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Three men.
Pictured: Mohamad Anwar, Costantino Vetriani and Ahmed Anwar (2016 Waksman Awardee)

Questions for Mohamad and Ahmed Anwar B.S. Microbiology 2016 - Questions asked by Dr. Jeffrey Boyd

Where did you grow up? Mohamad and I were born in Alexandria, Egypt and spent the first couple of years of our lives there. I was one and Mohamad was eight when we came to the United States. We spent the majority of our youth in Avenel New Jersey, but we moved to Edison New Jersey in 2012.

How and when did you become interested in microbiology? We became interested in the study of Microbiology after taking General Microbiology with Dr. Erin Christensen at Middlesex County College (MCC). Dr. Christensen taught her subject with such passion that we could not help but fall in love with it as well. She was the reason that we, and several of our friends, transferred from MCC to Rutgers as Microbiology majors.

Did you have a defining moment as a young person that fortified your interest in microbiology? Ahmed: When I was in my High school Biology class we had a lab in which we sampled different items and inanimate objects around the school and grew out our results on agar plates. After several days of incubation we looked at the results and saw all the bacterial growth. This was the first time I appreciated “The world within our world” as I like to call it. I understood and appreciated that there is so much life that I could not see yet knowing it was there was amazing. Seeing those plates peaked my interest in the field and then Dr. Christensen's course crystallized my love for the subject. Mohamad: As a child I was always finding my way into the messiest of situations, whether it's playing with mud or grabbing frogs from the back yard. No matter what it was, my parents always told me to go wash those germs off of my hands. At the time I didn't have a solid concept as to how something could be on me if i can't see it, which led me to ask lots of questions. It wasn't until I asked my uncle who is a doctor that landed me the answer that there are tiny living organisms all over our bodies and the environment. This fascinating new information led my curiosity in the direction that placed me where I am today.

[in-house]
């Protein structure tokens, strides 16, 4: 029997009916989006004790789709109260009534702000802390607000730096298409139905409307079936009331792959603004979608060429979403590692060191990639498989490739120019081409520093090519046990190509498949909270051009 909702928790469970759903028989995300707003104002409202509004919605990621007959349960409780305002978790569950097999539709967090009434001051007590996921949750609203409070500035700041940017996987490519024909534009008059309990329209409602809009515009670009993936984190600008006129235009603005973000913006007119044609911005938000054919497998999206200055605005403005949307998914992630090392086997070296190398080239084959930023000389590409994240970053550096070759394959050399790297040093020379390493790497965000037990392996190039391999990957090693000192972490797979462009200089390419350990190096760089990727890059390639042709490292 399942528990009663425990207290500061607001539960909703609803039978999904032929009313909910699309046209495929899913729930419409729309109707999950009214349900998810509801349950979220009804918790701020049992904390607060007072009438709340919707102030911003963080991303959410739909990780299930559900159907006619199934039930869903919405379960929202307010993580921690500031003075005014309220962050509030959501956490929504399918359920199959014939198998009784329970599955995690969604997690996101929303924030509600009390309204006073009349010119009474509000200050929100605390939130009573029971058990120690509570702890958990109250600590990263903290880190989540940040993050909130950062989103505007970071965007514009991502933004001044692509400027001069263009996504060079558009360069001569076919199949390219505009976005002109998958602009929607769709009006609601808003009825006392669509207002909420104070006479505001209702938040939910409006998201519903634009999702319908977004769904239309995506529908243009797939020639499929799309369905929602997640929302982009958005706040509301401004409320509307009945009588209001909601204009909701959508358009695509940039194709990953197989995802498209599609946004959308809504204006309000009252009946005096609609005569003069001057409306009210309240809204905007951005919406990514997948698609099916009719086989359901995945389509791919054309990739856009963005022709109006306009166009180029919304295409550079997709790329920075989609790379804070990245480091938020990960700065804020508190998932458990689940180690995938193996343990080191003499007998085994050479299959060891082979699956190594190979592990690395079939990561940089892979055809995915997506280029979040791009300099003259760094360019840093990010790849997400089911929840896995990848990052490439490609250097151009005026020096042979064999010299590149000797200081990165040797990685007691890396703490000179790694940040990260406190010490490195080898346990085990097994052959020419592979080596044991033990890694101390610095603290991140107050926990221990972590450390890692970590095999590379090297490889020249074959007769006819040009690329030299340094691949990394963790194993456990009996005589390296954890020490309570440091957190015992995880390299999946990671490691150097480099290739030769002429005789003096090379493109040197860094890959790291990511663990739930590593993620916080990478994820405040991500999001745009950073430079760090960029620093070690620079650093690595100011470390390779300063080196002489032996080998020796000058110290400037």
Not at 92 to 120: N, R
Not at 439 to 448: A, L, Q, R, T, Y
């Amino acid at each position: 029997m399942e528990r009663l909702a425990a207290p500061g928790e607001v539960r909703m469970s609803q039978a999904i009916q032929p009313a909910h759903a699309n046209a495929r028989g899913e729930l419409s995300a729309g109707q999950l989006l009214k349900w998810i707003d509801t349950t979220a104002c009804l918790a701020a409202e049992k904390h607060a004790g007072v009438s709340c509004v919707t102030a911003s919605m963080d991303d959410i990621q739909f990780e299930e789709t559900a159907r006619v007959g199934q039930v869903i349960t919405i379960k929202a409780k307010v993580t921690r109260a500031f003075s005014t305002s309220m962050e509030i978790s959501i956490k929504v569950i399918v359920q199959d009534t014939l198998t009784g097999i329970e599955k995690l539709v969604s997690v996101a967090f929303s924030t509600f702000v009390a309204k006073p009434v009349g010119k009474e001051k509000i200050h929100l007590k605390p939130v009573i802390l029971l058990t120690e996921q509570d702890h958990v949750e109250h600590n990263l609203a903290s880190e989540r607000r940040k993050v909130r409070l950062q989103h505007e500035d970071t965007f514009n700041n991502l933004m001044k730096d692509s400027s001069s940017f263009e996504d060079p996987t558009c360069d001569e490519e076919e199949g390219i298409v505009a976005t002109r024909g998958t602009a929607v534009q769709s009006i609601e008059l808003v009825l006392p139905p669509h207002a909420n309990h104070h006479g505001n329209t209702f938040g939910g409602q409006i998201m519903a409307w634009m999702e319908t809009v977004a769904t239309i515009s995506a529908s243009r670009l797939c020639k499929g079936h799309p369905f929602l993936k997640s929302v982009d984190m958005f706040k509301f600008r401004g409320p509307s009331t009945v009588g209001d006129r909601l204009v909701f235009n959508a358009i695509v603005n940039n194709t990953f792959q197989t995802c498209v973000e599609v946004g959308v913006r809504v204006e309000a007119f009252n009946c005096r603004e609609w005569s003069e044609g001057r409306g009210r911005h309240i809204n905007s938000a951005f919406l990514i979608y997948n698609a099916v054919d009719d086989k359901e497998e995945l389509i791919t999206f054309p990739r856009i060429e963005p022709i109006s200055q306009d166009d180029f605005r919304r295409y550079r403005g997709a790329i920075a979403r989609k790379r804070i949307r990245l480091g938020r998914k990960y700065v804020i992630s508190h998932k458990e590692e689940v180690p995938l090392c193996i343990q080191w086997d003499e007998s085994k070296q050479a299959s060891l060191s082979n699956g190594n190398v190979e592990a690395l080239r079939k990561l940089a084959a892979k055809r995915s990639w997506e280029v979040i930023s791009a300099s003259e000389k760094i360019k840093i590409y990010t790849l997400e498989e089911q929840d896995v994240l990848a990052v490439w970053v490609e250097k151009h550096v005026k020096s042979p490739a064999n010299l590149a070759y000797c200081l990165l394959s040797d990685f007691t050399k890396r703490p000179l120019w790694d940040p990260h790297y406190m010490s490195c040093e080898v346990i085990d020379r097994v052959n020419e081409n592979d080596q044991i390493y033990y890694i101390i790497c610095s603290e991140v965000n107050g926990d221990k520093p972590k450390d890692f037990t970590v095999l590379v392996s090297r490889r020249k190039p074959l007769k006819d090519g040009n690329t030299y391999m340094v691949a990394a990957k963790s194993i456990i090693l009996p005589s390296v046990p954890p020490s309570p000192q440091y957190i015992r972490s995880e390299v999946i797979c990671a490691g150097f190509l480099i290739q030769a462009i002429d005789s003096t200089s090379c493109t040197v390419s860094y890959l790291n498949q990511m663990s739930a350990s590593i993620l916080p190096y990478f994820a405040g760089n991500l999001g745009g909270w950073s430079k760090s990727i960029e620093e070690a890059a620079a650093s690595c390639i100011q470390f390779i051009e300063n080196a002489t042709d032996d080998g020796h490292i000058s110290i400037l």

What impact did your parents have on your desire to obtain of an undergraduate degree in microbiology?  Our parents thought it was an amazing Idea to choose microbiology. They knew it had several benefits, the biggest one of course being that it would propagate us deeper into the world of microorganisms, which have a great deal to do with medicine; a career that both wish to pursue. This led them to support us in every way, shape, and form, never ceasing to encourage us and help out whenever they could. My mother was trained as a teacher, and my father as an archaeologist, so they are not strangers to the world of academia; this allowed them to appreciate the value of our Microbiology degree at Rutgers.

It is unusual to have two brothers graduate with the same degree at the same time from the same department. Did one of you influence the other to pursue an undergraduate degree in microbiology? What is the story behind this? Although it is peculiar that both of us are graduating with the same degree at the same time, it is not unusual that it is a Microbiology degree, because the prestige of this degree is extravagant. When transitioning to Rutgers from MCC we were almost going to continue as regular biology majors. However, when we saw a Microbiology option we both looked at each other and instantaneously knew this would be our path for the remainder of our B.S. degree. It also helped a lot having several of our friends that were biology majors at MCC transfer with us as Microbiology majors. With our future goals in mind, a Microbiology degree was sure to put us a step ahead of the competition.

Mohamad, I understand that you are a “non-traditional” student. What inspired you to return to school in pursuit of a bachelor's degree?  Mohamad: Returning to School was one of the hardest things I've ever done in my life. After being away for so long, getting back on the wagon was almost near impossible. But men do great things when they have great inspiration. Even though while away from school I had a job that afforded me financial comfort, I still felt unfulfilled. Deep down inside I had a yearning to become something more, not for financial reasons, but because I wanted to feel that the man in the mirror staring back at me contributes to society in a fruitful manner. Continuing my education and getting back on track gave me a sense of purpose and joy, a sentiment I hadn't known in a long time. It's a very different feeling when people look at you versus when people look to you, with the latter being my ultimate goal as an inspiration to others that are in the same place I was before making that decision to return to the world of academia.